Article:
• Whittier March 10, 2013, 12:52 AM

          I conceded to no such thing. Divine deception as far as the Moonies are concerned, is when they LIE about their teachings to conceal the most controversial ones from outsiders. Chabad doesn’t lie about its beliefs. It’s like saying the Catholics are deceptive because students who enroll in Georgetown University are not notified about all aspects of the Catholic faith. It is imperative to separate the university’s academic objectives which aren’t particularly Catholic, from the religion’s philosophical beliefs. Similarly, although Chabad has philosophical beliefs, that does not mean that those beliefs play any significant role in their outreach efforts. Affording people the opportunity to put on Tefilin, enjoy a Shabbos meal, experience a Pesach Seder, etc., is what Chabad is there for, not to somehow subversively brainwash them.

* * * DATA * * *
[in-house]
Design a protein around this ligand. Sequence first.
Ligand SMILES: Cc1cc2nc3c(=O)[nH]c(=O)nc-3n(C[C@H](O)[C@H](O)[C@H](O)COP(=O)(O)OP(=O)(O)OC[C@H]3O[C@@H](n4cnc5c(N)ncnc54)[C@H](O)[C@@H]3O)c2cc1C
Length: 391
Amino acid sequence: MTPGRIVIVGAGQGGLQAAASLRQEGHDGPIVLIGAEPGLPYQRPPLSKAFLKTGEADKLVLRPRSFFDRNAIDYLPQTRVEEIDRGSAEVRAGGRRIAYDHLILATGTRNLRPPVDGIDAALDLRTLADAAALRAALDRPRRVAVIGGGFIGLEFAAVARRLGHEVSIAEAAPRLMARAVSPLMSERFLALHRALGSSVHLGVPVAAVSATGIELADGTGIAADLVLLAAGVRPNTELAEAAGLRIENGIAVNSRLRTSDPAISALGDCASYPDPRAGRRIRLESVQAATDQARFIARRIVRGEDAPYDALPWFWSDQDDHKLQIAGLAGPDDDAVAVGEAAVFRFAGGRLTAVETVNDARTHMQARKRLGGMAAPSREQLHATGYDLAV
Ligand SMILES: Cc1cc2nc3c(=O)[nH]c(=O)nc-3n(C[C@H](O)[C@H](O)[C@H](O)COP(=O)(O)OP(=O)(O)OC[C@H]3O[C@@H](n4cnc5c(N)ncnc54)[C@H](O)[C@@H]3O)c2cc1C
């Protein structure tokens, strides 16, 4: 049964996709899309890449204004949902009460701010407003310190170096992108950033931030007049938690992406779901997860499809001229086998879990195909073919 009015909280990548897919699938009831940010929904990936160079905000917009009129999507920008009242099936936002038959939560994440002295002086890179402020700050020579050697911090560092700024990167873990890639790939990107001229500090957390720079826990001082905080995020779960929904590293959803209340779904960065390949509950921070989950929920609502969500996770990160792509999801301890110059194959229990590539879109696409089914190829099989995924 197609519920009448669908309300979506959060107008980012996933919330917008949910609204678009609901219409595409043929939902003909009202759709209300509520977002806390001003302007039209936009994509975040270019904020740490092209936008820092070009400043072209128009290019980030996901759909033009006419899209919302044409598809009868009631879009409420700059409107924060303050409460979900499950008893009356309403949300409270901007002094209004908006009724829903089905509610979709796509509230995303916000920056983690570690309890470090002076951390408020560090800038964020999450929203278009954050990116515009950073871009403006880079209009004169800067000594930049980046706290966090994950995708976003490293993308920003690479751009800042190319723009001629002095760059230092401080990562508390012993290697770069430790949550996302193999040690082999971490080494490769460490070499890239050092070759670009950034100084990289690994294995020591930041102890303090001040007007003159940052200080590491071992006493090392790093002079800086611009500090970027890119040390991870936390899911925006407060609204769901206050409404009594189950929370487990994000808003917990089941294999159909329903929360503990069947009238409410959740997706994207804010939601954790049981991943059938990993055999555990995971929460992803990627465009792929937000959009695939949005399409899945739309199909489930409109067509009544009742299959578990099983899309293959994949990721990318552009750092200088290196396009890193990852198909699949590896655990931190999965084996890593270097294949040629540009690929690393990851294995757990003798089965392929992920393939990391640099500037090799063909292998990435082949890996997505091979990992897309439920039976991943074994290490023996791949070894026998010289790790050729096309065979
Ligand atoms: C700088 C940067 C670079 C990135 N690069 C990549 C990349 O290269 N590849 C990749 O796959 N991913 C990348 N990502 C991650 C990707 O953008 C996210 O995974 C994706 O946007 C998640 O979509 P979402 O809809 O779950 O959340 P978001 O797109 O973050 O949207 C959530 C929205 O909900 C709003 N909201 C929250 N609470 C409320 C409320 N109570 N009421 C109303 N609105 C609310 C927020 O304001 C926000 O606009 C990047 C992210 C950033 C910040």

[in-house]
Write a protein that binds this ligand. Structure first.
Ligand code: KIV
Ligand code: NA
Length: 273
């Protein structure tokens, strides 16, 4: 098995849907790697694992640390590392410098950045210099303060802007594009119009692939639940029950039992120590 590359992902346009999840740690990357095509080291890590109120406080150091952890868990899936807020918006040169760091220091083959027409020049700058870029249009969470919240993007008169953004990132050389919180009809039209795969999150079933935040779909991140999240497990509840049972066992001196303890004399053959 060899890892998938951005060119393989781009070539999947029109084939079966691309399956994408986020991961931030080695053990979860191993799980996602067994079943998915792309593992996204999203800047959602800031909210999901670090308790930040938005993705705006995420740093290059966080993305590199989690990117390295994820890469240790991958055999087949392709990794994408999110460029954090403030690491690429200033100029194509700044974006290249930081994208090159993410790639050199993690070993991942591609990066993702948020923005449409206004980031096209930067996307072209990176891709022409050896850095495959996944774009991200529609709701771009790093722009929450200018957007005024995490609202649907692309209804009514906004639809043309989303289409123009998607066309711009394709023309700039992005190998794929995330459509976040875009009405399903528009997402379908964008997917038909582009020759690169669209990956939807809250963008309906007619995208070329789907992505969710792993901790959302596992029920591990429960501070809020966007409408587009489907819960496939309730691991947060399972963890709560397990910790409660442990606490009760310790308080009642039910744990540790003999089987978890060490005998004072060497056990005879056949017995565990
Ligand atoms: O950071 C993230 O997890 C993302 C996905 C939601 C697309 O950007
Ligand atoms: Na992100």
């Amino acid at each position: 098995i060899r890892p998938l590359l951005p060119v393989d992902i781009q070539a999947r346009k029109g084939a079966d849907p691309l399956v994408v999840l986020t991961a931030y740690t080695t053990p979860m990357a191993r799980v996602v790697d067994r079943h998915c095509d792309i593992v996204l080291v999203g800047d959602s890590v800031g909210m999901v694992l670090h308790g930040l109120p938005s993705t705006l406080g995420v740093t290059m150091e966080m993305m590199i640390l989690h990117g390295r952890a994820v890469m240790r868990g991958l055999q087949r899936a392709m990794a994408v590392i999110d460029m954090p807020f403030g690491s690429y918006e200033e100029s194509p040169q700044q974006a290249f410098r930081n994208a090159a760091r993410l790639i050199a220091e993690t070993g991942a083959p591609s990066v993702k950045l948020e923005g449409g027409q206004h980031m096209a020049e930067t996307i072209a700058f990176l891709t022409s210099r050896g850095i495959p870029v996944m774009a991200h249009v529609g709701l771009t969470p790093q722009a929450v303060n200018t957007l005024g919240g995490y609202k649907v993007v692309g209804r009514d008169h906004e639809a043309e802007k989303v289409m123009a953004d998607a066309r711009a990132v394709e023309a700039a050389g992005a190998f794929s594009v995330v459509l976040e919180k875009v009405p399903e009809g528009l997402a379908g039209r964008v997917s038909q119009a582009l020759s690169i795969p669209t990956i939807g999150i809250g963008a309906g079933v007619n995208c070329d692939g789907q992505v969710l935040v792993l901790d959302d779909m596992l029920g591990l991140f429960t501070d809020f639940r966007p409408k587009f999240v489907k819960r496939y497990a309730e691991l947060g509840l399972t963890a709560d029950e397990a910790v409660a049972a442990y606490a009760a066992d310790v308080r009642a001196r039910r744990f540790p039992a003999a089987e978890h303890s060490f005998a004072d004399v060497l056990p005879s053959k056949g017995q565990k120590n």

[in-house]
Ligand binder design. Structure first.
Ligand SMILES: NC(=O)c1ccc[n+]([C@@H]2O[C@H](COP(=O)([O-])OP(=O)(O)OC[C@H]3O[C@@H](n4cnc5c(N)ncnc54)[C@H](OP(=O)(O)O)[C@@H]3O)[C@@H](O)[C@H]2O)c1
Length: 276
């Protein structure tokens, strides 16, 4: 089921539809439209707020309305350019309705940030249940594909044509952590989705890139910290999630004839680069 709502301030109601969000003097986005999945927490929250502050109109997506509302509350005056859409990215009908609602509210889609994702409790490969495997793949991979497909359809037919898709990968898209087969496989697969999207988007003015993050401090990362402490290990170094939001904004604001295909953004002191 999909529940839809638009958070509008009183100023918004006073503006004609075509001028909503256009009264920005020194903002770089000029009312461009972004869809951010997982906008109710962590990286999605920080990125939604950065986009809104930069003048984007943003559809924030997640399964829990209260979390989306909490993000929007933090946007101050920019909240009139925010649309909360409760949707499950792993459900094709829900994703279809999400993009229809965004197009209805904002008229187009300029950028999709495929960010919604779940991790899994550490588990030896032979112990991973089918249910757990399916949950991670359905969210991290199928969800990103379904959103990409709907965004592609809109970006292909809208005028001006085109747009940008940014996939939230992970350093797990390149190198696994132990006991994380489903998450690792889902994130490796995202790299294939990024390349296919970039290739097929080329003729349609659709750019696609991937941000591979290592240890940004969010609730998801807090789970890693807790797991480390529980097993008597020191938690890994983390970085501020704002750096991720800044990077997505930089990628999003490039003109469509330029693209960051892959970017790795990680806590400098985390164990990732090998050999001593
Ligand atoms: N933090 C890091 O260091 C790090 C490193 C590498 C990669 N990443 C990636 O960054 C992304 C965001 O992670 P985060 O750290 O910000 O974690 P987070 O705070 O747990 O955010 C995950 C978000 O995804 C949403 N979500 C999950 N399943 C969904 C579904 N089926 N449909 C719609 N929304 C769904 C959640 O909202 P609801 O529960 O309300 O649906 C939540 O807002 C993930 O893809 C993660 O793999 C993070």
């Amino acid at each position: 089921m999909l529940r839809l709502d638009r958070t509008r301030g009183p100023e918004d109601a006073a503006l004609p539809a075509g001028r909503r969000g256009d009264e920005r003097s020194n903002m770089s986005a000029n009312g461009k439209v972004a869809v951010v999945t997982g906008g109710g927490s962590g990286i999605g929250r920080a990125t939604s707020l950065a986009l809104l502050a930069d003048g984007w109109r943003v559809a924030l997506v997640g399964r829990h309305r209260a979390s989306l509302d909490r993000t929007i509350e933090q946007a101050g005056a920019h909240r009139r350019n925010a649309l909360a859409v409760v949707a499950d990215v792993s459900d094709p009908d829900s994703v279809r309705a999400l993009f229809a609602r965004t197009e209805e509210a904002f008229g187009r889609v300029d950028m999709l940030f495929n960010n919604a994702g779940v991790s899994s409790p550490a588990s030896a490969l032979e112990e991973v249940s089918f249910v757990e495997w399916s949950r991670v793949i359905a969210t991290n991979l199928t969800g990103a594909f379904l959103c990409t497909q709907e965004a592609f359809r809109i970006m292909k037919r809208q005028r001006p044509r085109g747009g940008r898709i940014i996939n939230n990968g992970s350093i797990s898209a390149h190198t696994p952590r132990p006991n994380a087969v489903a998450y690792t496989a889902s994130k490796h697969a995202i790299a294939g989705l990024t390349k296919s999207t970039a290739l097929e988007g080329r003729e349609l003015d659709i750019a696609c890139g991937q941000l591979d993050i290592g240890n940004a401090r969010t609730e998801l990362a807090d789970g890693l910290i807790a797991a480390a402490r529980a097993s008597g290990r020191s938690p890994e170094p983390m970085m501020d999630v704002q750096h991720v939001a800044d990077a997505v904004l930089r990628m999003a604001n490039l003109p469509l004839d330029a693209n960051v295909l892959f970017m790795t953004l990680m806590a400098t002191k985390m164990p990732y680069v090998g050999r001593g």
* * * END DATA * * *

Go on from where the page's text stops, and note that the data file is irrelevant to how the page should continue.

Points 2 and 3 are bullshit. They are the logical consequences of a bullshit premise.

  • Menachem March 7, 2013, 10:02 AM

    I find it quite interesting that whenever Chabad is mentioned in whatever article on whatever blog, there are the usual trolls who come out to bash Chabad, a subject you haven’t a clue about, why so obsessed?

    Most of you haven’t got the slightest idea of what Chabad means, what is the underlying Chabad philosophy, and how it manifests itself in Lubavitchers today. Open up a book of Chabad maamorim or the Rebbes ‘s Sichos and study it well before any further trolling.

    • Shimon doesn't rhyme with Cinnamon March 7, 2013, 11:06 AM

      What’s the difference between a sicha and a maamor?

      • Menachem March 7, 2013, 2:24 PM

        If you really want to know…